The appearance of the bicycle has not changed for 100 years. Unlike airplanes, cars, motorcycles. Maybe it’s no need road bike aerodynamics improvement?
The question is really without part of joke, I really can not give a confident answer. The first bicycles, cars, airplanes, motorcycles were something similar to each other, and even more to bookcase on wheels or to carriage. Pretty soon airplanes took streamlined forms and since the mid 20th century, the same went to cars and motorcycles. Now it is going to variants of the bicycle: “ligerad” (recumbent bike) and velomobile (bicycle car). While there is no any obvious road bike aerodynamics improvement in the form of streamlining “tail” rear screen and front-fairing. These fairings would not worsened side sail, so from the point of safety nothing brake to introduce such fairings as a traditional element of the bike (as is the case in all sorts of variants motorcycle). Links to prohibit the usage of fairings in road racing is unlikely to be the explanation, because there is a whole class of MTB bikes, which appeared in spite of all prohibitions. Maybe fundamentally road bike aerodynamics improvement is simply no need?
Something is in it. Streamline airplanes appeared not at once. For example legendary U-2 (Po-2). Flight speed a little more than 100 km/h. Streamlining airplanes have appeared when speed begin times more than 100 km/h. Cars when drove at speeds below 50 km/h, is also not particularly show shapes as now . It is interesting to note that in the mid of 20th century was like a streamlined fashion, probably for some reason, but then it passed. Probably not acquitted to expectations.
Return to the speed of “normal” bicycle. Cruising speed is of 30 km/h. But first, consider the speeds even lower. The speed of walking man is 5 km/h. Do aerodynamics needs at such speeds? Of course not, otherwise the Nature would have taken care of the streamlined shape of a man. Like dolphins, for example. And the man himself, once immersed in water, then quickly takes a streamlined, at the level of instincts. That is, for walking person aerodynamics can be neglected. Now look at running man. Begin with “not sprint like” speed of 10-12 km/h. It is not noticeable that runner somehow try to adopt a streamlined shape, even not bent the body forward. Now consider the world record 100 meters holder, Usain Bolt. 37.6 km/h (100 meters in 9.58 seconds), it is cycling speed. And, too, in spite of the record, no any attempt to adopt a streamlined shape. In the net is present widely replicated article from 2013, in which the researchers based on a high-speed video identified the spend of energy and the part of air resistance. Figures obtained as for bicycle, Bolt battled with the air. But this fight is still not seen.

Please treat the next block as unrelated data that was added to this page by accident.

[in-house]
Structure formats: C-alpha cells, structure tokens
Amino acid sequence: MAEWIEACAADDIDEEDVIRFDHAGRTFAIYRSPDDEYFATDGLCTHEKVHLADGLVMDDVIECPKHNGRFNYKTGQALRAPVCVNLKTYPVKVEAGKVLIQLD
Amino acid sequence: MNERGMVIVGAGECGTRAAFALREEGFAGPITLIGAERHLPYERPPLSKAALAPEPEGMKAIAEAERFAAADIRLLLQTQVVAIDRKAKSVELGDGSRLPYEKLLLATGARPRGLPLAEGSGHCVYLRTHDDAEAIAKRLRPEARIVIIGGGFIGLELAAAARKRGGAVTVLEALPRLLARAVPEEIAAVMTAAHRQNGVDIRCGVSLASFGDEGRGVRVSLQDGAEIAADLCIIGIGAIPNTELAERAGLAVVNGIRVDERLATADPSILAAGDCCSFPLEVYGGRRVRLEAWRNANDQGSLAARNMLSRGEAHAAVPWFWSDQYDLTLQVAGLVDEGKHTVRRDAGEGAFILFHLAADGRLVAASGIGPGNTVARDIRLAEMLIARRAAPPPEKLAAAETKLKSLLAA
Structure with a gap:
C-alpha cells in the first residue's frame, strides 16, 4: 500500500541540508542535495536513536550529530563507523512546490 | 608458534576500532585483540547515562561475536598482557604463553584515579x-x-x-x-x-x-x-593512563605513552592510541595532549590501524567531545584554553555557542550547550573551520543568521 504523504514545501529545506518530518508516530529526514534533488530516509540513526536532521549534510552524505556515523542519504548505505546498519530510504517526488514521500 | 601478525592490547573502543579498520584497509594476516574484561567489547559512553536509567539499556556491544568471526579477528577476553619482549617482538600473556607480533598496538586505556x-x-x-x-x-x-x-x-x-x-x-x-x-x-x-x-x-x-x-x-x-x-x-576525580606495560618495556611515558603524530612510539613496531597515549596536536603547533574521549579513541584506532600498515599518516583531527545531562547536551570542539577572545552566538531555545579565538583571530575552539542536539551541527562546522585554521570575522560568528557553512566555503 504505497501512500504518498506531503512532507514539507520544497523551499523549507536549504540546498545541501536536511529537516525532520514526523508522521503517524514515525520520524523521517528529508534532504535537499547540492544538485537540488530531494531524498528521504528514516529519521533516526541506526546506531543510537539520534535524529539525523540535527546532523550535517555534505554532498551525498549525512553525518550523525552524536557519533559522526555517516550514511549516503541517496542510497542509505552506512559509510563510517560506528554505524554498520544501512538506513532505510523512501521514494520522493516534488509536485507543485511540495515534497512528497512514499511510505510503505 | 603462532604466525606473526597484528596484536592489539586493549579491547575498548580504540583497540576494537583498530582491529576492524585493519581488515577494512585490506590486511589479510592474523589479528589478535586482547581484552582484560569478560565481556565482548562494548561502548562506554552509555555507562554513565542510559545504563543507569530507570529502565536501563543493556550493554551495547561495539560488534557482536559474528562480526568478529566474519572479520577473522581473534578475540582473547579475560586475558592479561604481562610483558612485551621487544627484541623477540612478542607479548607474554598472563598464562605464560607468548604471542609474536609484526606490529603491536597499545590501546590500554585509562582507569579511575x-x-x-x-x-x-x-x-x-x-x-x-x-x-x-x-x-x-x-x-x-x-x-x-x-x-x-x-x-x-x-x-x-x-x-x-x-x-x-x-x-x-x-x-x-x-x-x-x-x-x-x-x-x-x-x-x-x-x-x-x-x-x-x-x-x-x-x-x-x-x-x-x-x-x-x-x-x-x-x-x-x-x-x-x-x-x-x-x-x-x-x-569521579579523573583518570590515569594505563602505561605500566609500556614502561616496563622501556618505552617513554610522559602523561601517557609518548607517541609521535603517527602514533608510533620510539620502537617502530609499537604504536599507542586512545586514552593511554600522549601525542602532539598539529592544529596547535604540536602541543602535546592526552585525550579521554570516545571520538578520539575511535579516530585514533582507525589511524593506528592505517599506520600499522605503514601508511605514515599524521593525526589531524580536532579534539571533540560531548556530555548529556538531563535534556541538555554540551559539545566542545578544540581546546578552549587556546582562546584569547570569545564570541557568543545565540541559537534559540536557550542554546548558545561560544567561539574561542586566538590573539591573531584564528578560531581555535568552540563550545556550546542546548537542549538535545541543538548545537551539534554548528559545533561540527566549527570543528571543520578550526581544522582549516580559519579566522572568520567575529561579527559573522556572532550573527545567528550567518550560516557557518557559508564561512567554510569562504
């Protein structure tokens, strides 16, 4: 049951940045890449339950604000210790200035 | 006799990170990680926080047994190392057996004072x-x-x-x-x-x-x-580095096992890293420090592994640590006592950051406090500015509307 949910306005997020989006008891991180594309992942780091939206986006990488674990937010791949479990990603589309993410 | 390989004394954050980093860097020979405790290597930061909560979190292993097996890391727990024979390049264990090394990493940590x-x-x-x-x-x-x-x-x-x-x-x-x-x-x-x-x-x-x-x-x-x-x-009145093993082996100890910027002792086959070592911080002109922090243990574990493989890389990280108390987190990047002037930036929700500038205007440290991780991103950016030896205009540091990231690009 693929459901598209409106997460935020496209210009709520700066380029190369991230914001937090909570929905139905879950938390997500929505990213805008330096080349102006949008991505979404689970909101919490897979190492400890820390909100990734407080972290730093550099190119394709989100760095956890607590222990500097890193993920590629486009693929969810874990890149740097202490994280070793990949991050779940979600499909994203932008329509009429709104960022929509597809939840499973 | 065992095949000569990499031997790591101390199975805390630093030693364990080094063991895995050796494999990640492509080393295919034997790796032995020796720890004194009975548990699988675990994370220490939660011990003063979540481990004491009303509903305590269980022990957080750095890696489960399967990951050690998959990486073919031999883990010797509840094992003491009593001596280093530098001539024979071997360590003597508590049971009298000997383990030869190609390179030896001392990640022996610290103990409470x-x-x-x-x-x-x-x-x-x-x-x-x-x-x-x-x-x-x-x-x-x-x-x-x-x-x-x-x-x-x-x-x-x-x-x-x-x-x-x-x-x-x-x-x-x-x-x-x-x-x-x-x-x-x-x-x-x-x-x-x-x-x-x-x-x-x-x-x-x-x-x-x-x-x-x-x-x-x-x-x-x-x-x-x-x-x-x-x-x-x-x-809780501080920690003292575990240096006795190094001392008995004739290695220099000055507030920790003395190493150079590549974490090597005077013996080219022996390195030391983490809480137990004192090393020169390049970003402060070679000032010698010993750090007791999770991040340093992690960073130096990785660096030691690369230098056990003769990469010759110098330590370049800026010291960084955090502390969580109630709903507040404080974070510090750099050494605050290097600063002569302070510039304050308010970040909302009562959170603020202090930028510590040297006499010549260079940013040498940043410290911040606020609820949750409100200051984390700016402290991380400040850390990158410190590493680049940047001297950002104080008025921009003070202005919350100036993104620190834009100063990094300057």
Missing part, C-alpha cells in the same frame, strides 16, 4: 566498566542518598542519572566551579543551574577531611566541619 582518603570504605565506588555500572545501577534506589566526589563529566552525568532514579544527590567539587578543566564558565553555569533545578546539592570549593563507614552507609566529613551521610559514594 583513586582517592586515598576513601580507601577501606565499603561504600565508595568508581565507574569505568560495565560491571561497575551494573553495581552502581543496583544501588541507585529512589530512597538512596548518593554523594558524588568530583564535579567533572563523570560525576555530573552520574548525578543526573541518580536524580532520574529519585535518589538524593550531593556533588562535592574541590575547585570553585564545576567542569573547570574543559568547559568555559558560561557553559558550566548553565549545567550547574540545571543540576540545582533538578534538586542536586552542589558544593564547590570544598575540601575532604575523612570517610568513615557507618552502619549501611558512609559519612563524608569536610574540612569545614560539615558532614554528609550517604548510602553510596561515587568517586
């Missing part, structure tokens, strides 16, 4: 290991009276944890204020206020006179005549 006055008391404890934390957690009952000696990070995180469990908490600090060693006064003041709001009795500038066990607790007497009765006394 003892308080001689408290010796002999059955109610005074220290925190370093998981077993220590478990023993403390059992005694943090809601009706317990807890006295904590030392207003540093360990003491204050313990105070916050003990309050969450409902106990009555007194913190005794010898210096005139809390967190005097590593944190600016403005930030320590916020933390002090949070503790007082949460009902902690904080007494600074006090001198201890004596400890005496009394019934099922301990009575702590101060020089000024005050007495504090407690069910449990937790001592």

Consider the seemingly obvious approach to road bike aerodynamics improvement by using the fairings. Looking at formula for aero drag force. The main drag because of turbulence, as it is described by force in accordance with a quadratic dependence of speed (or cubic for power). In the net I like computer simulated flow by Swiss Side for 3D model of the real athlete. The usual smoke in real wind tube not show so good the turbulence. It is clearly seen that the main source of turbulent braking is the body of cyclist in-spite of skin suit and teardrop helmet. The good aerodynamics of the bike could not give big improvement. The best of aerodynamic shapes is considered a teardrop with length equal to the 4 cross diameters. That is looks like you just need to cover turbulence with such teardrop shape and the problem is solved. In fact, such experiments have yielded results, and even the first speed records (until they are switched to a recumbent bike). There is even simplified versions in the form of a rather comical “bags”, which over time could become not funny, but rather funny will be without such bag:) There is a problem of lateral drift from a passing truck, but it is possible solve somehow if one wish. But I stress once again, such desire is not visible 🙂 For unknown reasons, even the saddle bags does not make as part of streamline form that could be taken from fairing of speed bike competitions that take place in parallel to speed-ski.